Veteran Stories:
Norman McGugan


  • Page from Norman McGugan's pay book, showing the training he received.

    Norman McGugan
  • Norman McGugan

    Norman McGugan
  • "Hill 166," a poem written by Norman McGugan in January 1953, while he was stationed in Korea.

    Norman McGugan
  • Norman McGugan's dog tags.

    Norman McGugan
  • Norman McGugan at The Last Hurrah, Winnipeg, Manitoba, August 2011.

    Historica Canada
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"I felt something hit my right heel and Sten gun. The radio aerial had been sheared off and left us with no communication whatsoever. My Sten gun was bent like a pretzel and the shrapnel had left a tear in my flak jacket."


One of my most vivid memories was my first patrol. Charlie Company was the counter attack company for the British Royal Black Watch, who’d been hard hit by the enemy on The Hook [3km long crestline that had been frequently fought over between the Chinese and Commonwealth soldiers]. About two weeks after arriving in Korea, while I was still on a patrol course, we were awakened from sleep by a loudspeaker saying, “All Charlie Company, meet at the B Echelon headquarters with full gear immediately.” And thus began my first introduction into the frontlines. Three of us were assigned to go out to the Warsaw feature, a section of The Hook which was believed to be held by the enemy and see if there were any of them out there.

I had a radio known as the 88 wireless set over my shoulder. The radio set had been from the Second World War containing all dry cell type batteries. It could not be recharged and therefore, were limited in their use. I also carried the usual issue of the day, a Sten gun [9mm submachine gun]. We started out on the route in which had been a crawl trench but was now almost non-existent because of shellfire. It was difficult to walk as everything had been blown up. Bits and pieces of barbed had been blown up and caught in our clothing and we had to stop to free ourselves from it almost constantly. We reached our patrol area and went to ground.

I felt something hit my right heel and Sten gun. The radio aerial had been sheared off and left us with no communication whatsoever. My Sten gun was bent like a pretzel and the shrapnel had left a tear in my flak jacket. We returned to the command post, gave our report, got another radio and Sten gun and went back out and patrolled again without any further incident that night. Thus began my life as a Korean soldier.

[Patrolling The Hook] “The Horror of War.” Nothing had prepared us for what we saw, bodies everywhere. Trenches that were six, eight deep were blown in. Bits and pieces of gear were everywhere. There were broken weapons, tools of every description. Even eight by eight inch bunker beams were shattered like kindling. There was one area where the trench formed a T. It was now very shallow and whoever used it would come under fire. A group of USA boys were caught in crossing that area and received casualties. Corporal H, our first soldier killed on The Hook. He had been on the same end NCO [non-commissioned officer] course as myself. He was a very comical guy, was always joking. Crossing on our platoon’s area to get to our hill, I met up a Jovan Campbell. He had the same lament, “Norman, why am I here?”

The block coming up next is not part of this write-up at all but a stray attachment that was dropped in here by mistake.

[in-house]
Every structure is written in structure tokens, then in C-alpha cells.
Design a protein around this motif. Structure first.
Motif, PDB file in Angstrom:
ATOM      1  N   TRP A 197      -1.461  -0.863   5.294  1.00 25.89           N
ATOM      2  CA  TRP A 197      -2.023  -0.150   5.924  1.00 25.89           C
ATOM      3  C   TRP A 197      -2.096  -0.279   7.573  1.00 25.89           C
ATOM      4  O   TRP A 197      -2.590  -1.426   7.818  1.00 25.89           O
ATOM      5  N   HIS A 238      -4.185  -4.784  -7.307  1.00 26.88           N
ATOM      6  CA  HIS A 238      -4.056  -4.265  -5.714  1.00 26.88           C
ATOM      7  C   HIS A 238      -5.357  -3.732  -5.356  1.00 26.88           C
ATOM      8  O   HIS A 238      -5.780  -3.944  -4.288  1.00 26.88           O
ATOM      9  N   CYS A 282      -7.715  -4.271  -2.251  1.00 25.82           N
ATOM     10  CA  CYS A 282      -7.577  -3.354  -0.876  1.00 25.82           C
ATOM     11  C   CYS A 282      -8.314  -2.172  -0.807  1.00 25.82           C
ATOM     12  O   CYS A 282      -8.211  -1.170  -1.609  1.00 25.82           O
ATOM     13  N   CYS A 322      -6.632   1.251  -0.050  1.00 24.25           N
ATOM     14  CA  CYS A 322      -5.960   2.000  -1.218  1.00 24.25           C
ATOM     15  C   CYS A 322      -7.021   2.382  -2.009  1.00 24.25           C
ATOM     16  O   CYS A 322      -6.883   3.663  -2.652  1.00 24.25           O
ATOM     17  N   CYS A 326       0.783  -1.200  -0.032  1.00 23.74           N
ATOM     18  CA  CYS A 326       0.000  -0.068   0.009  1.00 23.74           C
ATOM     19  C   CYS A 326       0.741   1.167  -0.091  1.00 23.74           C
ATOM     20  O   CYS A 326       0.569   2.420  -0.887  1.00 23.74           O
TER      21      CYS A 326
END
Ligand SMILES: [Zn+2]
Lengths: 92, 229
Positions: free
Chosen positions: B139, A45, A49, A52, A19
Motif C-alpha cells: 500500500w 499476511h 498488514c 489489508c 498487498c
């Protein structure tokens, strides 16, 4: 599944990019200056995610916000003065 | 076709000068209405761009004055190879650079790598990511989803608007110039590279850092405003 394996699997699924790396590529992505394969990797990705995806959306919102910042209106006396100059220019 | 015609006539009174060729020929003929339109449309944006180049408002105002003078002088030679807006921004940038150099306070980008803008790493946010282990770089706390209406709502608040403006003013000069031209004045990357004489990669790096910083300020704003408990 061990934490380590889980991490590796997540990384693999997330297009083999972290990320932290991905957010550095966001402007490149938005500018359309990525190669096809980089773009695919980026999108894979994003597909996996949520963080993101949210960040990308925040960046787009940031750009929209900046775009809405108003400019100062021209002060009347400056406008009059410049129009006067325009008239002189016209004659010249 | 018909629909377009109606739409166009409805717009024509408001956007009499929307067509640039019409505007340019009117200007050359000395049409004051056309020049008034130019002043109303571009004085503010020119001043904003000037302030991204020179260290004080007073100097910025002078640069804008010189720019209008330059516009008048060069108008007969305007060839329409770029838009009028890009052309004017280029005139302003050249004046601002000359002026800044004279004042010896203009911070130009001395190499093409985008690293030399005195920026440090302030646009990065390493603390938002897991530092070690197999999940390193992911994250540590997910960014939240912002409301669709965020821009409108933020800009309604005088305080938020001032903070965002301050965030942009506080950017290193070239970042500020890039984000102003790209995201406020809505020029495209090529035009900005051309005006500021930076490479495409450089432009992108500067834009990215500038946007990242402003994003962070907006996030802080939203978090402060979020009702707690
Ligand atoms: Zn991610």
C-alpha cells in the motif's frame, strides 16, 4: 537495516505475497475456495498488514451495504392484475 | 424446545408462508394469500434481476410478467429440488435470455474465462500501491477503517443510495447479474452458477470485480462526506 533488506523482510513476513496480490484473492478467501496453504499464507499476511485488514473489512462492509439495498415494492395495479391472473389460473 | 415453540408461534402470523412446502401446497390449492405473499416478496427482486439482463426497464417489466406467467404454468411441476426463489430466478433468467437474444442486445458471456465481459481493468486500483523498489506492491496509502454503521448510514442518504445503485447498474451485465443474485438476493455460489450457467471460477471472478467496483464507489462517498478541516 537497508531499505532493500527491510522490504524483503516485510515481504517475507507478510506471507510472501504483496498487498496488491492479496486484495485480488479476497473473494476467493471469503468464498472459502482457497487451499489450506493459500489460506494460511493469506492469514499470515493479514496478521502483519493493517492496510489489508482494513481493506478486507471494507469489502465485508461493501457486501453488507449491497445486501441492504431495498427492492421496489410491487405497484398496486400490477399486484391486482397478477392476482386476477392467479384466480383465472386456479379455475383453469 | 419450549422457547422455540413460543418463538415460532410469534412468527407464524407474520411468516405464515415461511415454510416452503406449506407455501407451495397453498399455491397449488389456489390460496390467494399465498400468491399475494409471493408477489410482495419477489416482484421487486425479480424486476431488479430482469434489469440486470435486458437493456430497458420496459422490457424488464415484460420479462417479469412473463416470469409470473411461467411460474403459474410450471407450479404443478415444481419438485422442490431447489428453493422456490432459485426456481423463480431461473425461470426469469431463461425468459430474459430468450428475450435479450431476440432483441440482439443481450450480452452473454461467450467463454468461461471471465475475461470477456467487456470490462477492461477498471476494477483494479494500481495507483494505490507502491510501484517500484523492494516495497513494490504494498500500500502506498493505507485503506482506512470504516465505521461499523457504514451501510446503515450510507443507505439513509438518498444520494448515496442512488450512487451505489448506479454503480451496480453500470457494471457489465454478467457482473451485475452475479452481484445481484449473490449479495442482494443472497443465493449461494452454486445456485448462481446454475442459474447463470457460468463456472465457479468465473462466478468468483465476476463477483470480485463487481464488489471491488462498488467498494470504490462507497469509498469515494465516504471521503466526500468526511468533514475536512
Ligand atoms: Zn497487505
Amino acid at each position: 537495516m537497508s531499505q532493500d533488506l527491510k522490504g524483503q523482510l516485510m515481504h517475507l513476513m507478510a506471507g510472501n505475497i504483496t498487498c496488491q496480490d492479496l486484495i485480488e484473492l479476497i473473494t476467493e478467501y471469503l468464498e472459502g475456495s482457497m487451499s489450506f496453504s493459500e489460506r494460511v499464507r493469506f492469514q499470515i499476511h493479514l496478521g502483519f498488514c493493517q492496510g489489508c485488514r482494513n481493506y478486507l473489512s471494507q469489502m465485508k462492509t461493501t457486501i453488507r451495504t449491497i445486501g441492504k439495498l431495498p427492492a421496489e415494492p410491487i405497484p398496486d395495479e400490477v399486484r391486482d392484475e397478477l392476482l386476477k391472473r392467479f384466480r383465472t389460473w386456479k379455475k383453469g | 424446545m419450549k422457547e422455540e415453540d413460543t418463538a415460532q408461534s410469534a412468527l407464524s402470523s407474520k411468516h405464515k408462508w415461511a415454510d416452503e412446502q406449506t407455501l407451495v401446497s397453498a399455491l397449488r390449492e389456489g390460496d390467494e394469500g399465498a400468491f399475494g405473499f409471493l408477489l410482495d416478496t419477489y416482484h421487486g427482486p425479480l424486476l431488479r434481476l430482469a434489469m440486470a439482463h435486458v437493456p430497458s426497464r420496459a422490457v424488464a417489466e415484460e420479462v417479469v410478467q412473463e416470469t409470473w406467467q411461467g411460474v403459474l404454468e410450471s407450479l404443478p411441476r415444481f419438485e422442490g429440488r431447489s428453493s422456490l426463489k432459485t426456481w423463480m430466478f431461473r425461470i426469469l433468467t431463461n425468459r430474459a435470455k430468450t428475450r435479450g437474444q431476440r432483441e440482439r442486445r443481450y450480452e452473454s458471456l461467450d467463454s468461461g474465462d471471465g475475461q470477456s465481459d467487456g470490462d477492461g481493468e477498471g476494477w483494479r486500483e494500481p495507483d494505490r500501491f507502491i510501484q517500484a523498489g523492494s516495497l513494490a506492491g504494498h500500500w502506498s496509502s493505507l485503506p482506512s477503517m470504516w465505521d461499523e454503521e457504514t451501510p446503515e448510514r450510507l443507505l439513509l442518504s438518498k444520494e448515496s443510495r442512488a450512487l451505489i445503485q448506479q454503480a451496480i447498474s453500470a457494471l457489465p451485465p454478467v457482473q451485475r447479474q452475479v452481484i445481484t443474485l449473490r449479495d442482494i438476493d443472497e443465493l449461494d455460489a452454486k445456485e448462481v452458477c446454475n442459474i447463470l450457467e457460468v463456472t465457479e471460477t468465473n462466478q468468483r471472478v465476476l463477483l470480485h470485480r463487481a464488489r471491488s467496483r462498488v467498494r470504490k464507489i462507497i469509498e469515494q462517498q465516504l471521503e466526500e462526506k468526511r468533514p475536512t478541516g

[Battle of Hill 187; 2 to 3 May 1953] On the evening May the 2nd [1953] I believe, the Chinese were active, there were people in the valley, they were breaking in our 88 [radio] sets and 300 radio set, to interrupt anything that we might be saying. And some of the messages they were saying were, “Canadian white boy, go home, other people are sleeping with your girlfriend,” and so on. And then the battle started and they had positioned, had set up a target of our first machine gun, the one we owned. And they poured continuous shots through the parapet. And we weren’t able to use that. But 100 yards around the crawl trench, we’d set up a second one and we fired that pretty well all night long. And on the hill where Baker Company got hit, they had also, the Chinese had also targeted the different machine guns of the Canadians and poured continuous round after round in through the parapets. It was easy for them to do because people who were working for us in the daytime, some of them were working for the enemy at night. I know several of them were caught different times. And so the second machine gun come in very handy.

[“Hill 166,” written by Norman McGugan while in Korea, 1953]

We were all laying around one cold rainy day,
And the talk was of a hill that was not far away,
A hill that was covered with the glory and fame,
Hill 166, Old Smoky by name.

When a fellow steps up and says, “Listen to me,
and I’ll tell you of a patrol that happened to be.”
To patrol 166, a fighter they call,
So many to go, so many to fall.

We moved out at night, our mission to fill,
To storm Old Smoky, the devil’s own hill.
That night, it was dark and stormy besides,
Lots of good cover and easy to hide.

The Chinese opened fire as we attacked the slope,
To take them by surprise, we had given up hope.
The Chinese were many and we were but few
So we picked up our wounded and slowly withdrew.

The fire was heavy, the shrapnel it whined,
We treaded through paddies, although they were mined.
The fighter of failure, retreat a rout,
We had lost the first fight without a slight doubt.

That was the first of many to go,
To patrol and keep Old Smoky, their goal.
Their blood add to the glory and fame,
Of Old Smoky, Hill 166 by name.

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